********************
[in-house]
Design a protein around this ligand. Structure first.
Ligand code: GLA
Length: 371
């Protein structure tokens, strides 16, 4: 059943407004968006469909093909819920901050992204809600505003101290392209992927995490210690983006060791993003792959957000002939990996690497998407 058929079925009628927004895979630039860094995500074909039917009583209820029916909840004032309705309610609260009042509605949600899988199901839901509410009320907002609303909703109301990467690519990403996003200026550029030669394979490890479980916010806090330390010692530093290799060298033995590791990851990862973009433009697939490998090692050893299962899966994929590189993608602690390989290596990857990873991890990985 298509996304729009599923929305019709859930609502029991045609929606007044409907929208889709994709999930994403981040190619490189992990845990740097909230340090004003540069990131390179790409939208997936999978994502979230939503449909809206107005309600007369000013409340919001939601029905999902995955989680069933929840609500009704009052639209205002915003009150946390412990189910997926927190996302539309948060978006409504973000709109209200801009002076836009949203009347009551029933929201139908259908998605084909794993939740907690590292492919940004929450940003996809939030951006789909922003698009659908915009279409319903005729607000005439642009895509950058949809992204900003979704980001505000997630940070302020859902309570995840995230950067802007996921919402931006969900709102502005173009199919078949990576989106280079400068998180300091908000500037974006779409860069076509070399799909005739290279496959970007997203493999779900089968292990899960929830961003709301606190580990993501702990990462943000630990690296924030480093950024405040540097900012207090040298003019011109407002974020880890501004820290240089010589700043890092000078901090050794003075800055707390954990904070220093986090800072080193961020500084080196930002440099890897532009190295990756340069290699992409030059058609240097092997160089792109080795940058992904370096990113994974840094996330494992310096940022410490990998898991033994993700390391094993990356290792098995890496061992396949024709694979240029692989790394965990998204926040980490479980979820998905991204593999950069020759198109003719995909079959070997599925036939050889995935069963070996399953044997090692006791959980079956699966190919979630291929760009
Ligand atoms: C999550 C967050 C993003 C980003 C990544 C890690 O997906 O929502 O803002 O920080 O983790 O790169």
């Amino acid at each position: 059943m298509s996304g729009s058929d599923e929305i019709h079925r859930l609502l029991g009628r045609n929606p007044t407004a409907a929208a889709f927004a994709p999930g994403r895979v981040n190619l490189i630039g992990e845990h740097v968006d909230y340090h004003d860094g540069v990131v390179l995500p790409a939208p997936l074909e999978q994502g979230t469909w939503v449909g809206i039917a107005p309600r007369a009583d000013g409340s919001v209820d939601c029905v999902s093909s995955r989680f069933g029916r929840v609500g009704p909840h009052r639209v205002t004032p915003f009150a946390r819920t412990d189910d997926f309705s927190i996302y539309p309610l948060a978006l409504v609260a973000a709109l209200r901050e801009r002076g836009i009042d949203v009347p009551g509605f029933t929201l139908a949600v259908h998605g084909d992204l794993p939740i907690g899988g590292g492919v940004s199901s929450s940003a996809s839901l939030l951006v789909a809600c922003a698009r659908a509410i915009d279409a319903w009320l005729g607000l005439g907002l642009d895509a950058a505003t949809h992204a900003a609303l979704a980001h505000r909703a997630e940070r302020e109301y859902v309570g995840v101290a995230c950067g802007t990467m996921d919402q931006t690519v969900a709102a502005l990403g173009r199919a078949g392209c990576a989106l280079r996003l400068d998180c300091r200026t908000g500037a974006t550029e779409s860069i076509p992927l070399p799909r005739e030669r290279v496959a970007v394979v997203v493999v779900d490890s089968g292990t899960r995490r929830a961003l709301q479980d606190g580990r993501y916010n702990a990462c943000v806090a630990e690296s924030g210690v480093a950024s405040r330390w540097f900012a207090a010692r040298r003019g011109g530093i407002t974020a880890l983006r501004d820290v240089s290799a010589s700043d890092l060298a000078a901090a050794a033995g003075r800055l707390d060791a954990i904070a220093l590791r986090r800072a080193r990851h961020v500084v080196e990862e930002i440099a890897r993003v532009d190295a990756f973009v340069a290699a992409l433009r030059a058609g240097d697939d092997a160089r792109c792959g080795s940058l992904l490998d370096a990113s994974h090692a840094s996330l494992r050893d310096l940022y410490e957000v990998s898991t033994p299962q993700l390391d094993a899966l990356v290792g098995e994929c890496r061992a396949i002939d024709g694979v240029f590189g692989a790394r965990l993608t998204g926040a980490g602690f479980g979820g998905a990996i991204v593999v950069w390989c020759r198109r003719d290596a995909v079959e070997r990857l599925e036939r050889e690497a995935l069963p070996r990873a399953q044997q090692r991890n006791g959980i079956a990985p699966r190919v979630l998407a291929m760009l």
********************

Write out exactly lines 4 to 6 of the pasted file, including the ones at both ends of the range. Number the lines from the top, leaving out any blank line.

Length: 371
């Protein structure tokens, strides 16, 4: 059943407004968006469909093909819920901050992204809600505003101290392209992927995490210690983006060791993003792959957000002939990996690497998407 058929079925009628927004895979630039860094995500074909039917009583209820029916909840004032309705309610609260009042509605949600899988199901839901509410009320907002609303909703109301990467690519990403996003200026550029030669394979490890479980916010806090330390010692530093290799060298033995590791990851990862973009433009697939490998090692050893299962899966994929590189993608602690390989290596990857990873991890990985 298509996304729009599923929305019709859930609502029991045609929606007044409907929208889709994709999930994403981040190619490189992990845990740097909230340090004003540069990131390179790409939208997936999978994502979230939503449909809206107005309600007369000013409340919001939601029905999902995955989680069933929840609500009704009052639209205002915003009150946390412990189910997926927190996302539309948060978006409504973000709109209200801009002076836009949203009347009551029933929201139908259908998605084909794993939740907690590292492919940004929450940003996809939030951006789909922003698009659908915009279409319903005729607000005439642009895509950058949809992204900003979704980001505000997630940070302020859902309570995840995230950067802007996921919402931006969900709102502005173009199919078949990576989106280079400068998180300091908000500037974006779409860069076509070399799909005739290279496959970007997203493999779900089968292990899960929830961003709301606190580990993501702990990462943000630990690296924030480093950024405040540097900012207090040298003019011109407002974020880890501004820290240089010589700043890092000078901090050794003075800055707390954990904070220093986090800072080193961020500084080196930002440099890897532009190295990756340069290699992409030059058609240097092997160089792109080795940058992904370096990113994974840094996330494992310096940022410490990998898991033994993700390391094993990356290792098995890496061992396949024709694979240029692989790394965990998204926040980490479980979820998905991204593999950069020759198109003719995909079959070997599925036939050889995935069963070996399953044997090692006791959980079956699966190919979630291929760009
Ligand atoms: C999550 C967050 C993003 C980003 C990544 C890690 O997906 O929502 O803002 O920080 O983790 O790169």